GSBS Dissertations and Theses

Approval Date

5-20-2010

Document Type

Doctoral Dissertation

Department

Graduate School of Biomedical Sciences, Biochemistry and Molecular Pharmacology Program

Subjects

HIV Protease; HIV-1; HIV Protease Inhibitors; Drug Resistance, Viral; Dissertations, UMMS

Abstract

The human immunodeficiency virus type-1 (HIV-1) is the leading cause of acquired immunodeficiency syndrome (AIDS) in the world. As there is no cure currently available to treat HIV-1 infections or AIDS, the major focus of drug development efforts has been to target viral replication in an effort to slow down the progression of the infection to AIDS. The aspartyl protease of HIV-1 is an important component in the viral replication cycle and thus, has been an important anti-HIV-1 drug target. Currently there are nine protease inhibitors (PIs) that are being used successfully as a part of highly active antiretroviral therapy (HAART). However, as is with all HIV-1 drug targets, the emergence of drug resistance substitutions within protease is a major obstacle in the use of PIs. Understanding how amino acid substitutions within protease confer drug resistance is key to develop new PIs that are not influenced by resistance mutations. Thus, the primary focus of my dissertation research was to understand the molecular basis for drug resistance caused by some of these resistance substitutions.

Until recently, the genetic diversity of the HIV-1 genome was not considered to be important in formulating treatment strategies. However, as the prevalence of HIV-1 continues, the variability of the HIV-1 genome has now been identified as an important factor in how the virus spreads as well as how fast the infection progresses to AIDS. Clinical studies have also revealed that the pathway to protease inhibitor resistance can vary between HIV-1 clades. Therefore, in studying the molecular basis of drug resistance in HIV-1 protease, I have also attempted to understand how genetic variability in HIV-1 protease contributes to PI resistance.

In Chapters II, III and Appendix 1, I have examined how clade specific amino acid variations within HIV-1 CRF01_AE and clade C protease affect enzyme structure and activity. Furthermore, I have examined how these sequence variations, which are predominantly outside the active site, contribute to inhibitor resistance in comparison to clade B protease. With the results presented in Chapter II, I was able to show that sequence variations within CRF01_AE protease resulted in structural changes within the protease that might influence enzyme activity. In Chapter III, I focused on how sequence variations in CRF01_AE influence protease activity and inhibitor binding in comparison to clade B protease. Enzyme kinetics data showed that the CRF01-AE had reduced catalytic turnover rates when compared to clade B protease. Binding data also indicated that CRF01_AE protease had an inherent weaker affinity for the PIs nelfinavir (NFV) and darunavir (DRV). In work described in Chapter III, I have also examined the different pathways to NFV resistance seen in CRF01_AE and clade B protease. Using x-ray crystallographic studies I have shown the molecular mechanism by which the two different pathways confer NFV resistance. Furthermore, I provide a rational for why different resistance pathways might emerge in the two clades. In Appendix I, I present results from a parallel study carried out on clade C protease.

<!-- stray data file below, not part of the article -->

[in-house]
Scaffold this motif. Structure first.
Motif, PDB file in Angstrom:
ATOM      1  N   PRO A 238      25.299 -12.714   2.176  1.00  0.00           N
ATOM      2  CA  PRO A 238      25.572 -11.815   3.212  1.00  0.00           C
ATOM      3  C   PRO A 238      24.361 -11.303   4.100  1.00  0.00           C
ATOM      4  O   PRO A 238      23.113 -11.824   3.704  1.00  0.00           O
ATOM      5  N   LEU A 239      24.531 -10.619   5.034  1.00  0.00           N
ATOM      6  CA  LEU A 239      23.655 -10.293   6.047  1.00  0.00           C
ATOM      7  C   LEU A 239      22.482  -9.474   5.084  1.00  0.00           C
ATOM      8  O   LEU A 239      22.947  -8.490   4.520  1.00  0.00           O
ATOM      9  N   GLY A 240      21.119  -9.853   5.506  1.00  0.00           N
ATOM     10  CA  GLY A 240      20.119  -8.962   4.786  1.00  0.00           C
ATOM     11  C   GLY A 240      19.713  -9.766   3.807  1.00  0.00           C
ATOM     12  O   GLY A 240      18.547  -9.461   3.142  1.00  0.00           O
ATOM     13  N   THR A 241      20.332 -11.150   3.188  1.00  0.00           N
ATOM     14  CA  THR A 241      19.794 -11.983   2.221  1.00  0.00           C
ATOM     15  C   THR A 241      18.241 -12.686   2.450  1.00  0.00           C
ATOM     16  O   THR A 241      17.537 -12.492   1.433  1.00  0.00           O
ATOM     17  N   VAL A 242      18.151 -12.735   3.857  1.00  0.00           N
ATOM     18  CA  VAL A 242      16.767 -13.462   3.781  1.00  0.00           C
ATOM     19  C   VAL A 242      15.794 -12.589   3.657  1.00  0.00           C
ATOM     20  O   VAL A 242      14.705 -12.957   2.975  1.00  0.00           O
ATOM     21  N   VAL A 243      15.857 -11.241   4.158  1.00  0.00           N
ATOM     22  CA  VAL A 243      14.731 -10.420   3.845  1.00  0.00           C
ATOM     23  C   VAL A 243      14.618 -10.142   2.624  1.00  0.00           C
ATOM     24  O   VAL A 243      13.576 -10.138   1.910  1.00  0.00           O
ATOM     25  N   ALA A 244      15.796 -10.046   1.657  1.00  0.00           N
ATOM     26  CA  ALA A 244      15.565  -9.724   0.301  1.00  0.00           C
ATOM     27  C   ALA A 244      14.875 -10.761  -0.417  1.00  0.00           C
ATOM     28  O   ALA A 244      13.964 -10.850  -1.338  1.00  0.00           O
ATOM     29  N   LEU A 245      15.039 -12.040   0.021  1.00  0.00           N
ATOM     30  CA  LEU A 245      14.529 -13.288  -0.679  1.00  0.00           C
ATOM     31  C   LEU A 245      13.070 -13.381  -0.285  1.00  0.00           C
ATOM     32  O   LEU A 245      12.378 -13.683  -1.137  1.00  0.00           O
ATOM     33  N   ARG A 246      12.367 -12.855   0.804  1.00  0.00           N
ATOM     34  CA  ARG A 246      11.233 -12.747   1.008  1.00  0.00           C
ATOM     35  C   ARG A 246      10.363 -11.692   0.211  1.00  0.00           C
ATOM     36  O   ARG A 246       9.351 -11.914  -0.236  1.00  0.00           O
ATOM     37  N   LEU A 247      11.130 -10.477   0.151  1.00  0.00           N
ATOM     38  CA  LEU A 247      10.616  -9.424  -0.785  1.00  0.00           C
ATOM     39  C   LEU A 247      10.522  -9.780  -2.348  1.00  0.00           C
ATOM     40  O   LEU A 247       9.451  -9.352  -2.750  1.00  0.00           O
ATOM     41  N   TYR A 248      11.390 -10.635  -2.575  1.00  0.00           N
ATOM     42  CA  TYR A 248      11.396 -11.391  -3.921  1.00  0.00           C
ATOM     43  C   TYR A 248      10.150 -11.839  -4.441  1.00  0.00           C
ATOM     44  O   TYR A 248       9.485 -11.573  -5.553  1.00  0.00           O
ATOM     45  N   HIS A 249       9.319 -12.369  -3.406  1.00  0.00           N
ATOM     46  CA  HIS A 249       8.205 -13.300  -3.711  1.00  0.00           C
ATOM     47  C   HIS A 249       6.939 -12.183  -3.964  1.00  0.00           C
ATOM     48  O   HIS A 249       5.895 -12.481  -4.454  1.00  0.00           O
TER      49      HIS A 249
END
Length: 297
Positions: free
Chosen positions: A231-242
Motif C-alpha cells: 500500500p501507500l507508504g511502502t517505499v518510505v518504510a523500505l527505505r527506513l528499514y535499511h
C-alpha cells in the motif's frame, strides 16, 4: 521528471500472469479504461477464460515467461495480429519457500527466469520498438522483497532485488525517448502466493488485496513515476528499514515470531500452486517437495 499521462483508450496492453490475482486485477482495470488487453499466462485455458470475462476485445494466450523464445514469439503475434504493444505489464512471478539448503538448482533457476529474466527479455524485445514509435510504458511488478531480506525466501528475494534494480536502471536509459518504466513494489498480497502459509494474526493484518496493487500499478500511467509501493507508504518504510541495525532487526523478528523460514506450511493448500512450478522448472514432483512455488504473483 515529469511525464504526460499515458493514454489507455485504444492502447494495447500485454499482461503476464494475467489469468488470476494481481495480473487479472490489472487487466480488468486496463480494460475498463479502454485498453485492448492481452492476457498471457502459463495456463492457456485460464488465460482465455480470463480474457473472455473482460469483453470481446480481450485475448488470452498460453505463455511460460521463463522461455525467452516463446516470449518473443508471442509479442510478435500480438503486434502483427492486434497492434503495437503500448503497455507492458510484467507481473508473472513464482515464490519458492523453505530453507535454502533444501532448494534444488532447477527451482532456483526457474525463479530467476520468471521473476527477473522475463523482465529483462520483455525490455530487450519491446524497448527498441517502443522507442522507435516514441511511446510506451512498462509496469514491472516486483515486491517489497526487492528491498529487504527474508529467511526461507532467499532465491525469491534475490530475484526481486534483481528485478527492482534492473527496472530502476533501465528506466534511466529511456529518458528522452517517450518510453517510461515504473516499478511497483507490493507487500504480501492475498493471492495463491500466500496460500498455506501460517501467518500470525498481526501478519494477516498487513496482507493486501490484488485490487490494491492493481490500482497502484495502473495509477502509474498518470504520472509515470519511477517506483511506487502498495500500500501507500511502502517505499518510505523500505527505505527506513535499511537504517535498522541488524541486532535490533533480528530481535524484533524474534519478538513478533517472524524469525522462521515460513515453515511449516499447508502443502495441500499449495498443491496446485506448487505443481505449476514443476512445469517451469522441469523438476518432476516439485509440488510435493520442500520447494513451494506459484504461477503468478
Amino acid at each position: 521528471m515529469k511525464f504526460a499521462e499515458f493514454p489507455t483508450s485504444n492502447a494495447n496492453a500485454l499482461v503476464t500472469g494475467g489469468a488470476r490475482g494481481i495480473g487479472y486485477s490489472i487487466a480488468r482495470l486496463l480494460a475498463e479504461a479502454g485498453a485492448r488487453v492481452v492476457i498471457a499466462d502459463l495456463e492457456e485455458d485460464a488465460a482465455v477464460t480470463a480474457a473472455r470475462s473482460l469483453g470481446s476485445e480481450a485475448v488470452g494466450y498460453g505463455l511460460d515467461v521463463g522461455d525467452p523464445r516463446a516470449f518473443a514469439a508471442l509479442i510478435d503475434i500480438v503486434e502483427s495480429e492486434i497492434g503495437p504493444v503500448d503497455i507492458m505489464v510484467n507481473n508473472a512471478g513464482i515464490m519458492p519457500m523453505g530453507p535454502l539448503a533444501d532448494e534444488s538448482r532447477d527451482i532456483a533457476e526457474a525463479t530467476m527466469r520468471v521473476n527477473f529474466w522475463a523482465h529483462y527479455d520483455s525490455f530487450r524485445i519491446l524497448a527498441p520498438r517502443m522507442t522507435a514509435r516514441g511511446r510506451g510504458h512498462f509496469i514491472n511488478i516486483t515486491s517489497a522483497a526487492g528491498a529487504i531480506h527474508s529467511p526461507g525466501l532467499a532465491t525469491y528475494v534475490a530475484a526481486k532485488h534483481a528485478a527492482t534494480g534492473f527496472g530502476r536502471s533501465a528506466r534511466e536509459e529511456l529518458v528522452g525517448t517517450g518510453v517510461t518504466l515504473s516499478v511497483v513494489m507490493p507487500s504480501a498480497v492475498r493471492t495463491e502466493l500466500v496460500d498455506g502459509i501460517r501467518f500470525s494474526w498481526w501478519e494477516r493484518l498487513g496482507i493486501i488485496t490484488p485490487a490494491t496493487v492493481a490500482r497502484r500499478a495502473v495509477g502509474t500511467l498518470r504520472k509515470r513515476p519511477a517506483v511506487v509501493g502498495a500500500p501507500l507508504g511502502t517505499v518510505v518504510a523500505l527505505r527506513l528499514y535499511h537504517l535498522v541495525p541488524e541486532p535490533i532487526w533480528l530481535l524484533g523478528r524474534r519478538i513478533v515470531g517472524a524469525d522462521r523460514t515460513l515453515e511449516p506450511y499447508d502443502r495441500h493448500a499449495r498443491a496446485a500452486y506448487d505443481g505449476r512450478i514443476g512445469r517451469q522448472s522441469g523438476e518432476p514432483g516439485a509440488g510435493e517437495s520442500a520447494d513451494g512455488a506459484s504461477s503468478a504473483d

In Chapter IV, I have examined the role of residue 50 in HIV-1 protease in modulating inhibitor binding. Patients failing amprevavir (APV) and DRV therapy often develop the I50V substitution while the I50L substitution is often observed in patients failing atazanavir (ATV) therapy. This indicates that by making subtle changes at residue 50 the protease is able to confer differential PI resistance. With binding data presented in this chapter I have shown that substitutions at residue 50 change the susceptibility profiles of APV, DRV and ATV. Furthermore, from analyses of protease-inhibitor complexes, I have described structural insights into how substitutions at residue 50 can modulate inhibitor binding.

This thesis presents results that reveal mechanistic insights into how a number of resistance substitutions within protease confer drug resistance. The results on non-B clade proteases demonstrate that clade specific sequence variations play a role in modulating enzyme activity and influence the pathway taken to confer PI resistance. Furthermore, the results provide structural insights into how amino acid substitutions outside the active site effectively alter inhibitor binding.

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Copyright is held by the author, with all rights reserved.

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